sábado, 20 de abril de 2013

Astrophysics > Cosmology and Extragalactic Astrophysics

What have we learned from observational cosmology ?

We review the observational foundations of the ΛCDM  model, considered by most cosmologists as the standard model of cosmology.

The Cosmological Principle, a key assumption of the model is shown to be verified with increasing accuracy. The fact that the Universe seems to have expanded from and hot and dense past is supported by many independent probes (galaxy redshifts, Cosmic Microwave Background, Big-Bang Nucleosynthesis and reionization).

The explosion of detailed observations in the last few decades has allowed for precise measurements of the cosmological parameters within Friedman-Lemaitre-Robertson-Walker cosmologies leading to the ΛCDM model: an apparently flat Universe, dominated by a cosmological constant, whose matter component is dominantly dark.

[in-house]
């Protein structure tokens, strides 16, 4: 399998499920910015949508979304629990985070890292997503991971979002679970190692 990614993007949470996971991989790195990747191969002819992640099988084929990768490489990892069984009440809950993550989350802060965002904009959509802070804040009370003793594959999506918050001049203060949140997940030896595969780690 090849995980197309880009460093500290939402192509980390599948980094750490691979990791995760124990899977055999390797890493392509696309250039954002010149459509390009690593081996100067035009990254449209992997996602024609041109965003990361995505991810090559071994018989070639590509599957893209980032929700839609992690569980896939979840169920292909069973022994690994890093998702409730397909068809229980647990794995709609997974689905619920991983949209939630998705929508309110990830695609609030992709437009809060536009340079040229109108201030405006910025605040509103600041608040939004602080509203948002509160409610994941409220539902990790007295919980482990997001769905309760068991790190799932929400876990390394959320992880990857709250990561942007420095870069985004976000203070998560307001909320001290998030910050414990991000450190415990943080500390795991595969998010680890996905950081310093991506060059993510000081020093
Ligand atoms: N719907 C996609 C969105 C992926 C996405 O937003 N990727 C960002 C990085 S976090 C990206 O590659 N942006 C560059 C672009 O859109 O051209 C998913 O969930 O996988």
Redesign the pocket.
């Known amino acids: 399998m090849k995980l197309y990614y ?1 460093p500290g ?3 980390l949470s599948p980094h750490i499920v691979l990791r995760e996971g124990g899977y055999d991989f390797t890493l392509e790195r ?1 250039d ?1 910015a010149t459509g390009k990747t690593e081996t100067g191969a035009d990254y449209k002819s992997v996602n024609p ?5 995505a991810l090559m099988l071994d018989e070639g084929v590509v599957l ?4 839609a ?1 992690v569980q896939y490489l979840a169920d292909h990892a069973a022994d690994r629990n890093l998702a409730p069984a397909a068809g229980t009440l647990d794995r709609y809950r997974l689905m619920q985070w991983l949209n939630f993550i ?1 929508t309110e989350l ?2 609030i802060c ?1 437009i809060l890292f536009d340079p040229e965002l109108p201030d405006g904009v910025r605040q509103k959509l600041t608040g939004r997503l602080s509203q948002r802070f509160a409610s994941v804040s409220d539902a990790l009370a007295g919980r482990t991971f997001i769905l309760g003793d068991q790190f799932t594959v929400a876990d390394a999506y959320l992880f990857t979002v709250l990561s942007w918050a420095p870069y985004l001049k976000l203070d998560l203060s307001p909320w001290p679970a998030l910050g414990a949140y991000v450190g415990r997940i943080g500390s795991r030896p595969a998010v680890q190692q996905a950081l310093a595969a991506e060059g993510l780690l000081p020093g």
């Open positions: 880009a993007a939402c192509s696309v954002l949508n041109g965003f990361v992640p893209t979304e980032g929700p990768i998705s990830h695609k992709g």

We describe and discuss the various observational probes that led to this conclusion and conclude that the ΛCDM model, although leaving a number of open questions concerning the deep nature of the constituents of the Universe, provides the best theoretical framework to explain the observations.
Comments:23 pages, no figure. Proceedings of "Philosophical Aspects of Modern Cosmology" held in Granada, Spain, 22-23 Sept. 2011. Studies in History and Philosophy of Modern Physics (2013)
Subjects:Cosmology and Extragalactic Astrophysics (astro-ph.CO); History and Philosophy of Physics (physics.hist-ph)
Cite as:arXiv:1304.4446 [astro-ph.CO]


(or arXiv:1304.4446v1 [astro-ph.CO] for this version)

arXiv.org > astro-ph > arXiv:1304.4446

Note: Λ reads Lambda